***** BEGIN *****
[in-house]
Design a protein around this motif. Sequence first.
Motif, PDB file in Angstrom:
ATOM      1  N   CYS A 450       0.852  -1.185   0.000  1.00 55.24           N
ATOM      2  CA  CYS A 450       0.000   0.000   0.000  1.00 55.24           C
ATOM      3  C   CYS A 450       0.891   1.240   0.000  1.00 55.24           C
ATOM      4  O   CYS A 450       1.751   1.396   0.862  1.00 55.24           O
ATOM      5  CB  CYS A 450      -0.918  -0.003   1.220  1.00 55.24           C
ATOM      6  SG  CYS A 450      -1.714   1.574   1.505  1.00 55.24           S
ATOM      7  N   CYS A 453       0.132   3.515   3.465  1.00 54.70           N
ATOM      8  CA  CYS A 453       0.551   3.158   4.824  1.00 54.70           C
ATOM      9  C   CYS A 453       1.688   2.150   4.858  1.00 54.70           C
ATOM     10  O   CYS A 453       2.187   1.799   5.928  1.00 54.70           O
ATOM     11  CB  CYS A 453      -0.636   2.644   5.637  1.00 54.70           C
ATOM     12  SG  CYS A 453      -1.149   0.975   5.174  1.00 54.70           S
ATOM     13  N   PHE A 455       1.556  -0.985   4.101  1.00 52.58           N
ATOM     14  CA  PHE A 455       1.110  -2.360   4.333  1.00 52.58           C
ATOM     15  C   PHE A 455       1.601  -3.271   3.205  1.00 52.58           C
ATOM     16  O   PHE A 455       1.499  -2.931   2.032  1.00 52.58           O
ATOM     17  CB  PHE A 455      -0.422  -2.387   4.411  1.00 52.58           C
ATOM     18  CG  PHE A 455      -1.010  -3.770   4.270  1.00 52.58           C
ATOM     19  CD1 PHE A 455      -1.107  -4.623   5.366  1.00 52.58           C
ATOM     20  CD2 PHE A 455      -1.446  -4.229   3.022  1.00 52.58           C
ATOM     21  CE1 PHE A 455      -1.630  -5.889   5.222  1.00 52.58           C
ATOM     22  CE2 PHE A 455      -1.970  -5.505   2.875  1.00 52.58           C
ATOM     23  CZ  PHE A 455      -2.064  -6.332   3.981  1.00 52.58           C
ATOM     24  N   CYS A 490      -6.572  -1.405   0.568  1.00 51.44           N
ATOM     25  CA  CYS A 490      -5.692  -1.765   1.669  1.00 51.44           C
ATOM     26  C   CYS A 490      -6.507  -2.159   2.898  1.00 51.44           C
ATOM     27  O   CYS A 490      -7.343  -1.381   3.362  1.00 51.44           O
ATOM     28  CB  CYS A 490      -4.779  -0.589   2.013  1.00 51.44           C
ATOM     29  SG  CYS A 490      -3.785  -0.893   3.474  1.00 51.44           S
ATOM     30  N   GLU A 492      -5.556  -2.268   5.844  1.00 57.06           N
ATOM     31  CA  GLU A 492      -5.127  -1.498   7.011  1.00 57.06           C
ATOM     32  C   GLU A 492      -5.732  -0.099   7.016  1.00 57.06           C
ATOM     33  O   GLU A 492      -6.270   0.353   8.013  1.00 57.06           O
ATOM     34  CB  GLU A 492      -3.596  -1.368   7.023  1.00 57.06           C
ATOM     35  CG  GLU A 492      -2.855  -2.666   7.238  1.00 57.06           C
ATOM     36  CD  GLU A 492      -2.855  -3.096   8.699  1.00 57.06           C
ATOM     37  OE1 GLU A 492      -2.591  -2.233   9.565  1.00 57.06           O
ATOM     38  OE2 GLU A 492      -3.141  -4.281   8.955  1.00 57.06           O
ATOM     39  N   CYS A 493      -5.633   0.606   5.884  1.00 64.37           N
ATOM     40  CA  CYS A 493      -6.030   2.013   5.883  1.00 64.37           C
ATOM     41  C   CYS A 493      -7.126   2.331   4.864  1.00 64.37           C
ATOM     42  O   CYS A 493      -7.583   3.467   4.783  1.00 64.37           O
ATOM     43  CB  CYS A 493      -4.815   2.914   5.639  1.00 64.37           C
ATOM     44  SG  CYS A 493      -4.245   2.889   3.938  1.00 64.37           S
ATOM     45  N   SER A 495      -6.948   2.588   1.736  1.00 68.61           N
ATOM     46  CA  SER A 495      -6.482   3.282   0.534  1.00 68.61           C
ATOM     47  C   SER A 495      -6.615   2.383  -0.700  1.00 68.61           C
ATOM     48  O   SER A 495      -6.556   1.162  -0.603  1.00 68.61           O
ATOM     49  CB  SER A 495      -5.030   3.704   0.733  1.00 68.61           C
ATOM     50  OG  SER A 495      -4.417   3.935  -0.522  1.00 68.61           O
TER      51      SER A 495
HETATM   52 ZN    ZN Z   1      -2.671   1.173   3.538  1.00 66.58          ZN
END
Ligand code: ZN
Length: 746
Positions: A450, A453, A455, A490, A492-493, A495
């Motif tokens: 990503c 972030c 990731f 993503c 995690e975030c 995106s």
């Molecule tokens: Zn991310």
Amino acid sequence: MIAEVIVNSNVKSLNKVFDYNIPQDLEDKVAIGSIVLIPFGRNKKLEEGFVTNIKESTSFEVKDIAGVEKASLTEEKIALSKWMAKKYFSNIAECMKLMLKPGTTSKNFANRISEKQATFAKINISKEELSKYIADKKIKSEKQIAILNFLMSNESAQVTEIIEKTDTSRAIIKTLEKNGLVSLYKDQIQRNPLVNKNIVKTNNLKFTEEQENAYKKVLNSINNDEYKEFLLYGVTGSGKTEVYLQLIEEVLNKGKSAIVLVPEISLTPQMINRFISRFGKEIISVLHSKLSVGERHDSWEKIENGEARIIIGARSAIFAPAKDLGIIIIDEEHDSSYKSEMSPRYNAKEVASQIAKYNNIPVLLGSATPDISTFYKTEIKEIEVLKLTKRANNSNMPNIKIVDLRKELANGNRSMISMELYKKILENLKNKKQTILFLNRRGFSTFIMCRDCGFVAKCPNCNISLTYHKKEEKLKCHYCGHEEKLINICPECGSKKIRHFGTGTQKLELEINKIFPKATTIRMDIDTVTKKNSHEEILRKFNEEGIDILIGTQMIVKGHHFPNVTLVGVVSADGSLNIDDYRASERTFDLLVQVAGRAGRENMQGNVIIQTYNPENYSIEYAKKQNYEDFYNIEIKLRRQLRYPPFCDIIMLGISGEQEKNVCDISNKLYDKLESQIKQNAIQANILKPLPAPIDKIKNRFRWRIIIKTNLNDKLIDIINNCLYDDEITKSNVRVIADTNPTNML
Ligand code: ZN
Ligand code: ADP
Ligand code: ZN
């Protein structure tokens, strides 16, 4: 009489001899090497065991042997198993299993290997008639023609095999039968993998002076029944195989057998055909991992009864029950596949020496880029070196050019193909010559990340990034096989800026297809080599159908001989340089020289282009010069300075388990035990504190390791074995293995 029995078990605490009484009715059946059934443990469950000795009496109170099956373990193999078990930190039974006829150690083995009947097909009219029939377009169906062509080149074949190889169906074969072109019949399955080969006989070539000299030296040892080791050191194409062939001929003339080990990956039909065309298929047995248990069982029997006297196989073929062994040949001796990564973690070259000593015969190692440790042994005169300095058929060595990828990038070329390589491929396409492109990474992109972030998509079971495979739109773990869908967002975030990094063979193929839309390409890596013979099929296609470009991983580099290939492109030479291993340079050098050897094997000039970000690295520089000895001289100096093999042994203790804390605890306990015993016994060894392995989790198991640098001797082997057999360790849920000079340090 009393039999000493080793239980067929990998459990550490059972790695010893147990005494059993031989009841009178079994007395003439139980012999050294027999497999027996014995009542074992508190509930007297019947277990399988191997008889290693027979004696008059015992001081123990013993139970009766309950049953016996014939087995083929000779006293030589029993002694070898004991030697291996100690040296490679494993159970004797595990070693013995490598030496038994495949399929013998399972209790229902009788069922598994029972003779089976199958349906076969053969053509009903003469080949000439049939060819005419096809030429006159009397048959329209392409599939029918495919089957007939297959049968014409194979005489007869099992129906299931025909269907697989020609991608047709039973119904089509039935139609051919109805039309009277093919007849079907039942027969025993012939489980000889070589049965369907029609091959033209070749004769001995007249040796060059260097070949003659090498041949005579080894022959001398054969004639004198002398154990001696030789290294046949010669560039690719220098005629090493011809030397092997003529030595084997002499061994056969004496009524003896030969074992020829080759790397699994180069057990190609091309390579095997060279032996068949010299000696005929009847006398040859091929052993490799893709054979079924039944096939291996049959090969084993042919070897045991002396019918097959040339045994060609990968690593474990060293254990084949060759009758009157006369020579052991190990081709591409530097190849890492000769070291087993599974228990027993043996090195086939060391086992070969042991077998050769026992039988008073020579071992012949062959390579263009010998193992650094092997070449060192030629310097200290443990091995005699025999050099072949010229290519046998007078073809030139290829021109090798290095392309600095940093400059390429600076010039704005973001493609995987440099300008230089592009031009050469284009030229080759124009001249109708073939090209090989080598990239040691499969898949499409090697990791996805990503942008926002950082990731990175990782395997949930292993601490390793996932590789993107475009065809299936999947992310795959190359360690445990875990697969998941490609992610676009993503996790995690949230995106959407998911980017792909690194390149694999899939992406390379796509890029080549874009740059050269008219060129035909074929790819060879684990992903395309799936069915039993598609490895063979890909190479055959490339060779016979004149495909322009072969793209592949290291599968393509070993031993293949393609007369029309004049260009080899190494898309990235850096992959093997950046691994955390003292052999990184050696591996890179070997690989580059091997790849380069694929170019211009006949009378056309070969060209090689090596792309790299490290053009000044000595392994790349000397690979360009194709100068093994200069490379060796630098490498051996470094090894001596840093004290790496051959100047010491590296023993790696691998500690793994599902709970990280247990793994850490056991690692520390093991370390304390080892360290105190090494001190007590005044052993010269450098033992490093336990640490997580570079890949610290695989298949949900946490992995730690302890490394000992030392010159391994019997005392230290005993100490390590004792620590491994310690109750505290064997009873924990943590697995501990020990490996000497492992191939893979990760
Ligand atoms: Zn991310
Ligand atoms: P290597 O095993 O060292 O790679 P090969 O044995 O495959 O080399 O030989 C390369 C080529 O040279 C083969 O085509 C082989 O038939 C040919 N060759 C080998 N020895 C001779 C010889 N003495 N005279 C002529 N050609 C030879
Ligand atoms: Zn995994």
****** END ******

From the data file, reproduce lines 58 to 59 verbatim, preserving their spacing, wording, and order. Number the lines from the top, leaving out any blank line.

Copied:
Length: 746
Positions: A450, A453, A455, A490, A492-493, A495